Cloud 101CircleEventsBlog
Call for Presentations: Share your expertise at SECtember.ai 2024! Submit your proposals by June 28th.

Unintended Third-Party Access to Data Through Supported Azure Built-In Roles

Unintended Third-Party Access to Data Through Supported Azure Built-In Roles

Blog Article Published: 04/28/2023

Originally published by Symmetry Systems.

Written by Sachin Tyagi.

A combination of built-in contributor permissions could allow unintended data access in Azure Lighthouse

Symmetry Systems would like to extend their appreciation and thanks to the Azure Lighthouse product managers and the Microsoft Security Response Center (MSRC) for their professionalism and assistance. The experts at Microsoft have updated the Azure Lighthouse documentation—Tenants, users, and roles in Azure Lighthouse scenarios—to provide full transparency and keep customers informed of what they need to consider when selecting roles for delegation.

Public cloud platforms are complex systems with multiple subsystems that, while individually behaving correctly, may still interact with each other in unexpected ways with implications for data security.

In this blog, we describe how certain built-in Azure permissions can bypass limitations in Azure Lighthouse resulting in unexpected privileges, including the possibility of third-party vendors and service providers having access to a customer’s business data stored by any of Azure’s services.

Azure Lighthouse Limitations: Unintended Access Configurations

Azure Lighthouse users and service providers appreciate it for its ease of management and security features. These security features are designed to only allow service providers to manage the resources on behalf of their customers, with roles intended to access customer data not supported. However, we found that a combination of configurations that look harmless by themselves can unexpectedly allow service providers to access data in some specific cases.

What is Azure Lighthouse?

Azure Lighthouse is a service that “enables multi-tenant management with scalability, higher automation, and enhanced governance.” According to Azure documentation, Lighthouse “..helps service providers simplify customer engagement and onboarding experiences [so that] customers maintain control over who has access to their tenant, which resources they can access, and what actions can be taken.”

In simpler terms, Azure Lighthouse allows service providers to manage certain aspects of a customer’s cloud environment, such as security analytics, without having to create identities in the customer’s Azure Active Directory tenant.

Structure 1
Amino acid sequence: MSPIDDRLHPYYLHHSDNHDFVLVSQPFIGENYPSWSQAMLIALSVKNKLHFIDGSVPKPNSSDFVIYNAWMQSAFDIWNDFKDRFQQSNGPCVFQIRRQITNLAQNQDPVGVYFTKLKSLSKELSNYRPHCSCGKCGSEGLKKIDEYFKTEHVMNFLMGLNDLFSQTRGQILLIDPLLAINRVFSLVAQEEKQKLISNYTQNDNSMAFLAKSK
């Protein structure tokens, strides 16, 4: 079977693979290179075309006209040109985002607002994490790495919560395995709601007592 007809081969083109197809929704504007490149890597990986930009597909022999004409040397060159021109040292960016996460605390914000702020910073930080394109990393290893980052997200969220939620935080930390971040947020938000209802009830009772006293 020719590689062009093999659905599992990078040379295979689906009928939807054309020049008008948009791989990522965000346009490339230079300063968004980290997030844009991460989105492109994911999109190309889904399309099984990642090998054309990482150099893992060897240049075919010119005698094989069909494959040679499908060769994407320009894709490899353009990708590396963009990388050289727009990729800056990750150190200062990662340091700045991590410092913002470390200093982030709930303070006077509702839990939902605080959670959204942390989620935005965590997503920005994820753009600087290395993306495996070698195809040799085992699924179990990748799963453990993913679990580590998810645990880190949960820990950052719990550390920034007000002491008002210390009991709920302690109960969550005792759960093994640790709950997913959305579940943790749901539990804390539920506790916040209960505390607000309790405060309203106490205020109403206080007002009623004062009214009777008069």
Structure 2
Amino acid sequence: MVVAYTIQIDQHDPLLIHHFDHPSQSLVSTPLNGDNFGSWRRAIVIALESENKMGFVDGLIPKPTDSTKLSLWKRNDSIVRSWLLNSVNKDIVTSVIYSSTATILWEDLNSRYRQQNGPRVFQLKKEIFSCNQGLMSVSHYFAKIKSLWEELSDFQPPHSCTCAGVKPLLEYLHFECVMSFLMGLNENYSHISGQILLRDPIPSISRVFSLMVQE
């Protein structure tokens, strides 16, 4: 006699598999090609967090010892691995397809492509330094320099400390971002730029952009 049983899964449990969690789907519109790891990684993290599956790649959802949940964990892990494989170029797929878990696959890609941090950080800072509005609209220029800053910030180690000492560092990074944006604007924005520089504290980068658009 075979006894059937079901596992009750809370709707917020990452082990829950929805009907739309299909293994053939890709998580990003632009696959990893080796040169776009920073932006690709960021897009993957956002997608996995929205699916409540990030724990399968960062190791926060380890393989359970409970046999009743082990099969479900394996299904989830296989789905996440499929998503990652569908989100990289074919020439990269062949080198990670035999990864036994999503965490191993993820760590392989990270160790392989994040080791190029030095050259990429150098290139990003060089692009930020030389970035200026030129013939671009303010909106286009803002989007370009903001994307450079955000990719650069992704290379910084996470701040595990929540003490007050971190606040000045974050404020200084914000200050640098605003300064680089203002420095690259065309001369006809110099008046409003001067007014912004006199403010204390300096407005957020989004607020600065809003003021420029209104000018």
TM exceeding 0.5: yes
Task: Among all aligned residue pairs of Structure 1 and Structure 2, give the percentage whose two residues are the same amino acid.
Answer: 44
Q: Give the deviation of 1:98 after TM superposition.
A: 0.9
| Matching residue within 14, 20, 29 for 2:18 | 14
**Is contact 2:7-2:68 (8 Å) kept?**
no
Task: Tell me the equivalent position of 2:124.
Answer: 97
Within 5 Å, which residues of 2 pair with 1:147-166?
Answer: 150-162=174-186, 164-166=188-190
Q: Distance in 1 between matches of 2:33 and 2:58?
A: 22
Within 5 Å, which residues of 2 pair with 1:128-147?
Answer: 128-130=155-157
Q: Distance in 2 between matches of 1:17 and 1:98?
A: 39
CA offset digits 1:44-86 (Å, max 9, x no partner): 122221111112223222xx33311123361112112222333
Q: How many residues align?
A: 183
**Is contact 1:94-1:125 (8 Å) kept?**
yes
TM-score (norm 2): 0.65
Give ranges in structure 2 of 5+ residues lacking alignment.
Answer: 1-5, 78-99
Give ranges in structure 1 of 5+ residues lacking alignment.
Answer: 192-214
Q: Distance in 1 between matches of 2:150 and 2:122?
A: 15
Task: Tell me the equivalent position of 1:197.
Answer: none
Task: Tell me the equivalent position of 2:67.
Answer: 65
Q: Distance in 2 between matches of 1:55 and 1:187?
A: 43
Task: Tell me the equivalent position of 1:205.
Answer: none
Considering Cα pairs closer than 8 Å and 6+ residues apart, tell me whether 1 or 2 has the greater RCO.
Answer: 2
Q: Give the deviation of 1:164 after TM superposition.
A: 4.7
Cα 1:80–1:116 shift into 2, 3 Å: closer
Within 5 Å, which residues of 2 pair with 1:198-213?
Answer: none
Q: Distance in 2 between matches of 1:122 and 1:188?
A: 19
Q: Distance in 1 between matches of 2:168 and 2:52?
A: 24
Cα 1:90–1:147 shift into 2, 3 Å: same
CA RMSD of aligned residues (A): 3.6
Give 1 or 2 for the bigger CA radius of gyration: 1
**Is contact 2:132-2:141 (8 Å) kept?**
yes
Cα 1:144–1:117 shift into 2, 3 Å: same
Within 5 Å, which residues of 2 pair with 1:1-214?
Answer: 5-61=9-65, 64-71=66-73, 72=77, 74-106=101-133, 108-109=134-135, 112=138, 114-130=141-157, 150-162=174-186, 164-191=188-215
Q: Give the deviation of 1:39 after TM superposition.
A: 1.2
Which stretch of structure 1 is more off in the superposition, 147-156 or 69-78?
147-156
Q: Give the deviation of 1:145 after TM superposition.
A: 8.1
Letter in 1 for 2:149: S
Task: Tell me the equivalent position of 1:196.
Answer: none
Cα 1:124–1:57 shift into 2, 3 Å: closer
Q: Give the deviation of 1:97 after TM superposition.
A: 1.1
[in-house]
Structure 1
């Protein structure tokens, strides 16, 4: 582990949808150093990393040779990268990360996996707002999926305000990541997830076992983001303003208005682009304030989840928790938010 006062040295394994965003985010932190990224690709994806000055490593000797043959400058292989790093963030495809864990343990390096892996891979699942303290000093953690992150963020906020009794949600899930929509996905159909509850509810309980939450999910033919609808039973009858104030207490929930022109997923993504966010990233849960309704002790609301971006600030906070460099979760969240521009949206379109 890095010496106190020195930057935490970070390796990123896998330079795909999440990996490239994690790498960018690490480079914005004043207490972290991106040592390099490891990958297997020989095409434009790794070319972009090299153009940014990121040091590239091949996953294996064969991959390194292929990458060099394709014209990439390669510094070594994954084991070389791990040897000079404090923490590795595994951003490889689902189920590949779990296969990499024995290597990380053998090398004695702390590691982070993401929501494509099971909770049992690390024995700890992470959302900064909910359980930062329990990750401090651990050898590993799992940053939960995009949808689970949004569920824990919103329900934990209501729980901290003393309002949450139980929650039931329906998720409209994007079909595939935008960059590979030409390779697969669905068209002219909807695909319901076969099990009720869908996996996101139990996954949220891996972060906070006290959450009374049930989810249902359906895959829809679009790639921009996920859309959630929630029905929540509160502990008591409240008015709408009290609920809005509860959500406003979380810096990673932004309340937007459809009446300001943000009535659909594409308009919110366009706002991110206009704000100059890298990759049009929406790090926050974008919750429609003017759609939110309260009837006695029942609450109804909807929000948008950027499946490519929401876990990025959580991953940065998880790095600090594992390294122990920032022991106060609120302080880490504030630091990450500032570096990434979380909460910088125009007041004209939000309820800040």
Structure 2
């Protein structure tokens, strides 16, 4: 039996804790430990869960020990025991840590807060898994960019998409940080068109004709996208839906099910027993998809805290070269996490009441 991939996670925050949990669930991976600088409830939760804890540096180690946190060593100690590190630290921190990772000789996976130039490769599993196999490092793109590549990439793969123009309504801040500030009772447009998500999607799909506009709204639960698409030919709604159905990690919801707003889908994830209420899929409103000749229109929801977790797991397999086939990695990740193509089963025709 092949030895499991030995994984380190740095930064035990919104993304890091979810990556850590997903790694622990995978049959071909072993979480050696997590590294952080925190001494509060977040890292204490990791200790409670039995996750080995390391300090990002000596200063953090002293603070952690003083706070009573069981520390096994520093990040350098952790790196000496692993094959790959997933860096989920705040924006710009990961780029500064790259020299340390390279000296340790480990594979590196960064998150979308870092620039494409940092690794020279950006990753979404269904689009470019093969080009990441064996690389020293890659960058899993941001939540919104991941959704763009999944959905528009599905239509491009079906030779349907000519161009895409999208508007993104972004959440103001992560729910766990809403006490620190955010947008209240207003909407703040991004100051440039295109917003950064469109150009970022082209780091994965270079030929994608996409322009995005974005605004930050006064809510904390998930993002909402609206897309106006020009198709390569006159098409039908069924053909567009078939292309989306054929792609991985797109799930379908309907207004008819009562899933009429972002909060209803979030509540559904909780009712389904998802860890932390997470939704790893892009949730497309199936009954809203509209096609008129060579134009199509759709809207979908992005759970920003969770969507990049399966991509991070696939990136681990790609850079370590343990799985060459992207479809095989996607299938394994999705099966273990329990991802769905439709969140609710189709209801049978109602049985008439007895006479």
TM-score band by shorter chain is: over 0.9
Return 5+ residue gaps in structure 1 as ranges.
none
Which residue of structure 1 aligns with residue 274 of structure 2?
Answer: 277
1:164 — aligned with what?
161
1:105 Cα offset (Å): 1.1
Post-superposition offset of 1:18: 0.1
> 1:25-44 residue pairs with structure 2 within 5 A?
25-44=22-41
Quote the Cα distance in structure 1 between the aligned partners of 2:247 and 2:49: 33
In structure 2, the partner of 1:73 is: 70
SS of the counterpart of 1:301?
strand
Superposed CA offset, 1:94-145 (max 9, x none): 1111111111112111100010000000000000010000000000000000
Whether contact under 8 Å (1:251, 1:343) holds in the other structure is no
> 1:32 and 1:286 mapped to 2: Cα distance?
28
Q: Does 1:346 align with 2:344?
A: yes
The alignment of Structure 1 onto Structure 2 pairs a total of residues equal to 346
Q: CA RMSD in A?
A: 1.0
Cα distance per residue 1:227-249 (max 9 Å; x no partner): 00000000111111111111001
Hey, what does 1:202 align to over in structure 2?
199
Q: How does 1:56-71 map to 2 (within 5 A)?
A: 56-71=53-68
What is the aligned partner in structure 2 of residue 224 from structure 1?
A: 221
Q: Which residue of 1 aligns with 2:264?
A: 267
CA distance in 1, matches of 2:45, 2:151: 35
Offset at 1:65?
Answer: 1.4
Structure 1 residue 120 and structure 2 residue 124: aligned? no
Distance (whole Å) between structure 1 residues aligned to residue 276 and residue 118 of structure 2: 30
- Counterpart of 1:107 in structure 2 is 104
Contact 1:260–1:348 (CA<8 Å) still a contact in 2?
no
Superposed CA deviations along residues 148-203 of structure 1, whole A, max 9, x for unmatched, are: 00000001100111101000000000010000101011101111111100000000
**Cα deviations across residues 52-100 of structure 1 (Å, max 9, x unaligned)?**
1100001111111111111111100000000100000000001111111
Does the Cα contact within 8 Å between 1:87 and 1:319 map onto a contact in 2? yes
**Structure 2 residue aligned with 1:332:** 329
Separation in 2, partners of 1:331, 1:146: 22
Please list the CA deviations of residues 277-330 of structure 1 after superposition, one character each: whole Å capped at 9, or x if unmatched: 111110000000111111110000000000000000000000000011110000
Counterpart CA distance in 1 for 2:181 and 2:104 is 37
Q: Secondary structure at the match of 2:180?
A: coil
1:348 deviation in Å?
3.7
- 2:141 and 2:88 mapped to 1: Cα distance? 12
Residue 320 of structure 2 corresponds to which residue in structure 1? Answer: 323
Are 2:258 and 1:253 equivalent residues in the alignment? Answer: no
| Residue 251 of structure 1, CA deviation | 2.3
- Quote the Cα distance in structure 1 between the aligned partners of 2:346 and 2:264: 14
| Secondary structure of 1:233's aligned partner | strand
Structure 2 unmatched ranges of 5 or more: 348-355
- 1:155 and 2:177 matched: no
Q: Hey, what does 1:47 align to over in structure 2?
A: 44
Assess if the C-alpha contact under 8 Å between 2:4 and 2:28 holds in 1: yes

Fig. 1. Azure Lighthouse Architecture. Service providers can onboard multiple tenants without having an account in their customer’s tenant. Source: Azure Lighthouse Documentation

One attractive component with Lighthouse is that it limits service provider access to specific roles. These roles typically allow only management plane permissions. Roles meant to interact directly with data stored within a particular resource (i.e., the data plane permissions) can not be delegated to service providers. This reduces the risk of a misconfiguration which could result in the service providers getting any access to the customer’s data.

Or at least so the thinking goes. The rest of this post explains how we found some of these expectations were not met in subtle and unexpected ways.

Exploring the Use of Azure Lighthouse in Managing Data Actions

Symmetry Systems has a customer-native deployment model where our product is deployed in the customer’s cloud tenant.

However, on occasions, we are asked to deploy our product in the Symmetry Systems tenant.

This initially led us to explore the use of Azure Lighthouse to project customers’ resources into the Symmetry’s tenant. The use of Azure Lighthouse would have allowed a customer-dedicated instance of our product deployed within our tenant to scan the customer’s Azure environment and identify any security or configuration issues.

At first glance, Azure Lighthouse is well suited for such a use case because it gives service providers a way to read and manage certain aspects of the customer’s environment without giving that service provider access to the customer’s data. (For example, a service provider could list the storage accounts and its role assignments but not the data within those datastores managed by the accounts.)

Azure Lighthouse documentation clearly states that Azure Lighthouse does not support any built-in roles with DataActions permission to be delegated to the service providers. Specifically, Lighthouse disallows any custom roles and allows only those roles that do not have explicit DataAction permission. In essence, this implicitly limits delegated permissions to the control plane only.


From: Tenants, users, and roles in Azure Lighthouse scenarios

Role support for Azure Lighthouse

When defining an authorization, each user account must be assigned one of the Azure built-in roles. Custom roles and classic subscription administrator roles are not supported.

All built-in roles are currently supported with Azure Lighthouse, with the following exceptions: